Proposed new staffing regulations could affect some Colorado Nursing Homes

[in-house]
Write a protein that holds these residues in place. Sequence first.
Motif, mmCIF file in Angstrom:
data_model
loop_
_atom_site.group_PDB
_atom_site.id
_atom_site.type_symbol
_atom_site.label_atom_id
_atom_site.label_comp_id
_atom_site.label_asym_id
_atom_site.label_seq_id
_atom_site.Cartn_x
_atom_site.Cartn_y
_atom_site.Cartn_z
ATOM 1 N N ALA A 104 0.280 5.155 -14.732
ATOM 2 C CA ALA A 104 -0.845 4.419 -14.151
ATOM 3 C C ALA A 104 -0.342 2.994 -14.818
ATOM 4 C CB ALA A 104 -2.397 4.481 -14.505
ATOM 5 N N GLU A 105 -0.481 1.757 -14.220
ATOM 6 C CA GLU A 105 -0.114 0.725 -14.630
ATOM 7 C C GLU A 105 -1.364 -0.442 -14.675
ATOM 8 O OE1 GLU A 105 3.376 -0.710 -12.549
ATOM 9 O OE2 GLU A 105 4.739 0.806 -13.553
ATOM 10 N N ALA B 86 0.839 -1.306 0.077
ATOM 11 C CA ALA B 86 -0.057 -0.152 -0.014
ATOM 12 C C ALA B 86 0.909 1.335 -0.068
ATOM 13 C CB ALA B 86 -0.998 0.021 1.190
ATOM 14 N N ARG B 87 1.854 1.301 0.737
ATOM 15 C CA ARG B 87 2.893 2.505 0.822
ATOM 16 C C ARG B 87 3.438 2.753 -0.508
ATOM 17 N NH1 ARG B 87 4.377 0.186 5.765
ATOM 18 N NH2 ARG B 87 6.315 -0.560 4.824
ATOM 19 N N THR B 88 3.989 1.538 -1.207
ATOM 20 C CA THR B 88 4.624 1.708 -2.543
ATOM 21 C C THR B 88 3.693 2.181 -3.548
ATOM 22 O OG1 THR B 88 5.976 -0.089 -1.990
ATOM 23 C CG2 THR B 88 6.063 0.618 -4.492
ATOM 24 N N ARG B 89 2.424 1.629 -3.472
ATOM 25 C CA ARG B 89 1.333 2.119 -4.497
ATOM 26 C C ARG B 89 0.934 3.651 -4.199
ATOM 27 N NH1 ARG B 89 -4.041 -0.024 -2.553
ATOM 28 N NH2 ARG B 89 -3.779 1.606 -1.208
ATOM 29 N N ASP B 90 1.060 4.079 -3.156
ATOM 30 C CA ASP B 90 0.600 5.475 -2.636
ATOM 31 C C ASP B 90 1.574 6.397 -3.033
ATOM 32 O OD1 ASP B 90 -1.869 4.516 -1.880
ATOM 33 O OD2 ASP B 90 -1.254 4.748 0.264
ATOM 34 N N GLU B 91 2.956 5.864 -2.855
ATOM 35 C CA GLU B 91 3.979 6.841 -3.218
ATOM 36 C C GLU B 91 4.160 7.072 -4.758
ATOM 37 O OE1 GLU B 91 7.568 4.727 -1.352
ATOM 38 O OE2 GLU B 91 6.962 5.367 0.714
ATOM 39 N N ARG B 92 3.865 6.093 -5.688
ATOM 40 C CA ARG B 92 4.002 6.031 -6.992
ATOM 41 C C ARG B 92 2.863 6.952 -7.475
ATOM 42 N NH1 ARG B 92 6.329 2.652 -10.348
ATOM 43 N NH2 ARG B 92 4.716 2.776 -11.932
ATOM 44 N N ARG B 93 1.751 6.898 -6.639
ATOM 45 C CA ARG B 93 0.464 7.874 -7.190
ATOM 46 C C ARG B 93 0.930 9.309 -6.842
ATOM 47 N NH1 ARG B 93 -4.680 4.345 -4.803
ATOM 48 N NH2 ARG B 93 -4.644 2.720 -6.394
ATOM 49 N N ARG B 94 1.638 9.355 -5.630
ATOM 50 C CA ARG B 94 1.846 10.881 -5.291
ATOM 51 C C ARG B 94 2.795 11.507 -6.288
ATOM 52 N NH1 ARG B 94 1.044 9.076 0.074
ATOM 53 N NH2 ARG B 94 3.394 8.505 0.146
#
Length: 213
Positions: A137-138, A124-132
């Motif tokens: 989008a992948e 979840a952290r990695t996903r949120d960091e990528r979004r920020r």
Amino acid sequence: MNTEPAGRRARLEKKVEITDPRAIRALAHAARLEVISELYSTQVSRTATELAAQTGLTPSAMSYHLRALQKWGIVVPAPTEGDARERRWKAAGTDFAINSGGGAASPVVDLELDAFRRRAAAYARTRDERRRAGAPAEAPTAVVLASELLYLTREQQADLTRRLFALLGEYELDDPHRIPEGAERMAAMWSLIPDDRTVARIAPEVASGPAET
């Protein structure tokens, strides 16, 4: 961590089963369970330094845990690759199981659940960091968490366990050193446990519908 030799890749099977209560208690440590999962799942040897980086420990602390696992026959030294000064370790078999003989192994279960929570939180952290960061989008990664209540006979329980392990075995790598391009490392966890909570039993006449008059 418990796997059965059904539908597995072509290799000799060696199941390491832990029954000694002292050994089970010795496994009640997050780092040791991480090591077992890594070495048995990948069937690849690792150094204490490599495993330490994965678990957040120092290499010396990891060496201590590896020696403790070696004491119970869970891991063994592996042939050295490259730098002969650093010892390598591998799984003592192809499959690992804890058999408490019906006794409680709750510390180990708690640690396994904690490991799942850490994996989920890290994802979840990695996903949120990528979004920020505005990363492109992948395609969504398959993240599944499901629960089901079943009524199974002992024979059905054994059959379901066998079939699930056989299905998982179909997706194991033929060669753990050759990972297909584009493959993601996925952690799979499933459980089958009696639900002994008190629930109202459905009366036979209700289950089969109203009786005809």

The Biden administration has proposed that the federal government, for the first time, dictate staffing levels at the nation’s nursing homes. For decades, advocates for older adults have pushed for such regulation, and for decades the nursing home industry has resisted it. That divide continues with the current proposal, with one side saying it does not go far enough and the other side saying it goes too far. The proposed rules, which now enter a public comment period and would take years to fully implement, call for staffing equivalent to three hours per resident per day, with just over half an hour of it coming from registered nurses. The rules also call for facilities to have an RN on staff 24 hours every day. The average staffing in the country’s roughly 15,000 nursing homes is close to these proposed levels, but staffing in individual facilities can vary widely. A majority of homes would reportedly have to add staffing to meet the proposed rules. Colorado’s Department of Public Health and Environment stipulates in its Code of Regulations that a nursing care facility “shall be staffed at all times with at least one registered nurse who is on duty on the premises,” and a nursing care facility shall provide nurse staffing “sufficient to meet the needs of residents, but no less than two hours of nursing time per resident per day.” At least one survey found that the average staffing levels at Colorado’s 200+ skilled nursing facilities is 3.63 hours per resident per day.